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Two years on: The importance of protecting the media and winning the informational frontline in Ukraine

Article by Sergiy Tomilenko

February 23, 2024

Two years on: The importance of protecting the media and winning the informational frontline in Ukraine

The Ukrainian army has been holding the Russian aggressor off for two years already. In its desire to destroy Ukraine at any cost, the Kremlin has spared neither its missiles nor its soldiers. Moreover, Putin has also spared no resources to fight on the parallel informational front, in order that the world receives distorted information about his crimes.


Once Russian soldiers have seized a new piece of our land, the propaganda machine immediately begins to inundate local residents with Russian-printed newspapers. At the same time, the enemy often resorts to falsifications, including using the names of Ukrainian local media, so that people believe more in what they read.


Today, it has become common practice that a journalist with the inscription ‘PRESS’ on his body armor is a target no less important than a tank or artillery unit for a Russian soldier. Ukrainian and international journalists document the war crimes of the Russians so that, thanks to the international court, Putin will be brought to justice.


Unfortunately, more than 80 journalists have already been killed in Ukraine, and the fate of several more is unknown. Of that number, 16 colleagues were killed while performing their professional duties; nine became civilian victims of the aggressor state, and others have been mobilised to the Armed Forces of Ukraine (AFU). Journalists who reveal the truth about the war in Ukraine to the whole world understand their extremely important mission.


While the Russians convince the world that their targets are only military facilities, Ukrainian and international journalists show the world destroyed cities with civilians. Currently, a critical situation has developed in the thousand-strong town of Avdiyivka, Donetsk Region. The city has almost been destroyed.


Hundreds of thousands of Ukrainians who continue to live in the front-line and de-occupied territories remain in an information vacuum. They have neither electricity supply nor communication. Sometimes, Russian or Belarusian radio reaches their territory.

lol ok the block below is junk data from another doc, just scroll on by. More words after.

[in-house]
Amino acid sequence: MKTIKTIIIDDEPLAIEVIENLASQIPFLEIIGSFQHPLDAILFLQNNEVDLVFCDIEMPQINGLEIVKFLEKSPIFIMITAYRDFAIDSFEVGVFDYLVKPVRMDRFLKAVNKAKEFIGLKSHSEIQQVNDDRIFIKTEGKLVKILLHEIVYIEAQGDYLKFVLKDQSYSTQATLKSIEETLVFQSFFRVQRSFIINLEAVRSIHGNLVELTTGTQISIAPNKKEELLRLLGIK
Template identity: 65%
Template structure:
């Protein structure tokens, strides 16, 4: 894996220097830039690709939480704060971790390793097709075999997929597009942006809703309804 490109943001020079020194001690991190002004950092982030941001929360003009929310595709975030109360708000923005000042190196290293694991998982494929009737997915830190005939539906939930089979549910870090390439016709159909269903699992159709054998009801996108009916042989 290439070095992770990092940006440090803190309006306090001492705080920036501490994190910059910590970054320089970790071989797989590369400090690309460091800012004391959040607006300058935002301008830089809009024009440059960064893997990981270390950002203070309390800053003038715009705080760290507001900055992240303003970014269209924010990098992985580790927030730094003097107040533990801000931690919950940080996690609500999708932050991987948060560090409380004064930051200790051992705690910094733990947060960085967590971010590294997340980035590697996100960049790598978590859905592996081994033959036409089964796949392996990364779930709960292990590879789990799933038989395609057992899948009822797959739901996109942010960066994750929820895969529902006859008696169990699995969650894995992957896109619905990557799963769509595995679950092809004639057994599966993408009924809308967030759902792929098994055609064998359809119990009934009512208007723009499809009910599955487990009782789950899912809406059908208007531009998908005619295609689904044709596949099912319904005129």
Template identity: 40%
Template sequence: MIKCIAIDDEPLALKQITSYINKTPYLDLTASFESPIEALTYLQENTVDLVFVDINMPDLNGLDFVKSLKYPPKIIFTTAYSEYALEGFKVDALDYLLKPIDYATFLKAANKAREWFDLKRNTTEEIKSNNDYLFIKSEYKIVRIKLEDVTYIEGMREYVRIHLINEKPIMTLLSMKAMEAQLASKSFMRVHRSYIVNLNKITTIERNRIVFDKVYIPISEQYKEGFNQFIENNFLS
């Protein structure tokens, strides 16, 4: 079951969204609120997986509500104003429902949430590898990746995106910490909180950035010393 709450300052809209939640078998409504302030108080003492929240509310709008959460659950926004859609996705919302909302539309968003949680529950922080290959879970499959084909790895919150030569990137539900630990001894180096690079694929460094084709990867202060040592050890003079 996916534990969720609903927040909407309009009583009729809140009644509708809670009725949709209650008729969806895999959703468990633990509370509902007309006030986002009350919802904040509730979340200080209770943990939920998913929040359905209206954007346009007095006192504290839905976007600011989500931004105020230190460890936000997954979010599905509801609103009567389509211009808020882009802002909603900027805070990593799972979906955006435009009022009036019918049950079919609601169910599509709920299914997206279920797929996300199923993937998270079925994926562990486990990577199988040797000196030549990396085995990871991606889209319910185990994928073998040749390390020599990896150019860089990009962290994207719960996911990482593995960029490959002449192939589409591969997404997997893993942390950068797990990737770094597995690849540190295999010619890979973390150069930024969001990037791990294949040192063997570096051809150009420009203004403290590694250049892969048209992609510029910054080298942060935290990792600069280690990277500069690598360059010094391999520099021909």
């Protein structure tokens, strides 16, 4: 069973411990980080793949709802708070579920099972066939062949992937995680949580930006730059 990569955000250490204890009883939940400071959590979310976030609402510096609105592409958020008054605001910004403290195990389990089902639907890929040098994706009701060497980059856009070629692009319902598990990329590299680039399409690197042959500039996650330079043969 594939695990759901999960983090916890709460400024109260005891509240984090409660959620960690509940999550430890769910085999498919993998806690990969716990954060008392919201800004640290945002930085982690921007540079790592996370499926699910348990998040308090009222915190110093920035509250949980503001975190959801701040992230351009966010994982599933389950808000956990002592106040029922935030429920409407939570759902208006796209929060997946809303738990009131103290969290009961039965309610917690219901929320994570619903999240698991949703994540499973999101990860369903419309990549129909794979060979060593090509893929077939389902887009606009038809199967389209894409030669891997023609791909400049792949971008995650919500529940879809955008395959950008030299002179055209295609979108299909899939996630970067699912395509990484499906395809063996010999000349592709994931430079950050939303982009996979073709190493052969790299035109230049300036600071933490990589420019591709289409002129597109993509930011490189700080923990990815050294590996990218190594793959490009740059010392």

Therefore, the National Union of Journalists of Ukraine (NUJU) is doing everything possible to find funding for Ukrainian newspapers. Today, thanks to the cooperation of the Union and international partners, we have resumed the work of 30 newspapers in the front-line and de-occupied territories. Hundreds of thousands of people in the Kherson, Zaporizhzhia, Donetsk, and the Kharkiv Regions are now able to obtain information from Ukrainian sources.


Since the beginning of the war, the NUJU, together with UNESCO, has also launched six assistance centers for Ukrainian and international journalists, where they can receive protective equipment, advice, and/or use an equipped workplace in a co-working space. Due to the constant danger to the work of journalists in Kharkiv, we recently opened the Journalists’ Solidarity Center. There, hundreds of colleagues receive both protective equipment and a place where they can work readily and easily.


Two full years have passed since the full-scale invasion. The war continues. The world is increasingly talking about fatigue. Ukrainians are also tired. But evil does not exhaust… and so we must continue.


Support Ukraine. Support Ukrainians! Support journalists who fight injustice. Journalists are important!


Sergiy Tomilenko is the President of the National Union of journalists of Ukraine.


Disclaimer: The views expressed in this piece are those of the author and do not reflect the views of The Foreign Policy Centre.

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